Universities will be called on to dramatically improve their mental health offering for students, and will be awarded with a new recognition for meeting new mental health standards.

The Universities Minister Sam Gyimah will announce a new charter that will be developed in partnership with leading charities and Higher Education bodies, outlining the criteria that universities need to meet to gain the recognition, and will call on them to sign up to ‘avoid failing a generation of students’.

It comes on the day that he will host a student mental health summit at the University of the West of England. As part of a new package of measures announced by Sam Gyimah on student mental health:

The announcement of a University Mental Health Charter will see the development of new standards to promote student and staff mental health and wellbeing.
The set-up of a Department for Education-led working group into the transition students face when going to university, to ensure they have the right support, particularly in the critical in their first year transition.
Exploring whether an opt-in requirement for universities could be considered, so they could have permission to share information on student mental health with parents or a trusted person.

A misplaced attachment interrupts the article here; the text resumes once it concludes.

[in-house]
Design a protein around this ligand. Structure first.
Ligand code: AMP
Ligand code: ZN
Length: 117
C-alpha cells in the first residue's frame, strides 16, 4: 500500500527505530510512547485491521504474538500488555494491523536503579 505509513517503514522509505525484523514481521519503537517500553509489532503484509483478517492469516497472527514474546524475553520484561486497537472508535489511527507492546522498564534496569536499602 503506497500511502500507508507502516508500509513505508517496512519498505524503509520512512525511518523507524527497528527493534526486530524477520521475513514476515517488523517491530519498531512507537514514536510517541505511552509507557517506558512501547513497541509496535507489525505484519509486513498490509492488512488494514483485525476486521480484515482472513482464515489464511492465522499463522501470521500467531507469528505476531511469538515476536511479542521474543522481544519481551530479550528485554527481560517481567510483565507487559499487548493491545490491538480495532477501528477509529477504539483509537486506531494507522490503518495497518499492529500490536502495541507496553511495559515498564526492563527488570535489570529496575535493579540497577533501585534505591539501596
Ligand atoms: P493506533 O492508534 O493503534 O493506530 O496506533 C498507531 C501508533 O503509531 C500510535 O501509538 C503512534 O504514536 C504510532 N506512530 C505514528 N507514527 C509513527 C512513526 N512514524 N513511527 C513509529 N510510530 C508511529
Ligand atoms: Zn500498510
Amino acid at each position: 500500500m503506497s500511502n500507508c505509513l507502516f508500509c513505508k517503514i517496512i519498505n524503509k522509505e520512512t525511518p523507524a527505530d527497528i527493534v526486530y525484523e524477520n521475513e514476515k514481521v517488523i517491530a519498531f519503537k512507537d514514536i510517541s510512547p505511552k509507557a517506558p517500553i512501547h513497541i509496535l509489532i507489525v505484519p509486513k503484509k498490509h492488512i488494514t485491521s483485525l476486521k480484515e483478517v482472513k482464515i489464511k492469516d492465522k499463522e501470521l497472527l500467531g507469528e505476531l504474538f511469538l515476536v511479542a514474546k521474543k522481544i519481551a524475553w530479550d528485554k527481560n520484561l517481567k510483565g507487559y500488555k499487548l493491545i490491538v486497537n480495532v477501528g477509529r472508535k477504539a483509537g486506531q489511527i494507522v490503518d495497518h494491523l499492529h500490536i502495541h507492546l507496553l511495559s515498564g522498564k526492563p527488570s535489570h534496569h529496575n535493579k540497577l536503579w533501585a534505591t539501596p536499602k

Student Minds, the UK’s student mental health charity, will lead a partnership of organisations in the development of the charter. Partners will include the UPP Foundation, Office for Students (OfS), National Union of Students (NUS) and Universities UK.

The Charter’s development, which is supported by a £100,000 grant to Student Minds from the UPP Foundation, the registered charity founded by University Partnerships Programme (UPP), will recognise and reward those institutions that demonstrate making student and staff mental health a university-wide priority and deliver improved student mental health and wellbeing outcomes.

The working group looking at transitions will be based within the Department for Education and the work undertaken will be in tandem with the sector.

They will look at the role universities can play in the often difficult transition from school to university and becoming independent students. It will form a number of recommendations for schools, colleges and universities to adopt.

Sam Gyimah will also outline plans to explore opt-in requirements for universities could be considered, so they could have permission to share information on student mental health with parents or a trusted person.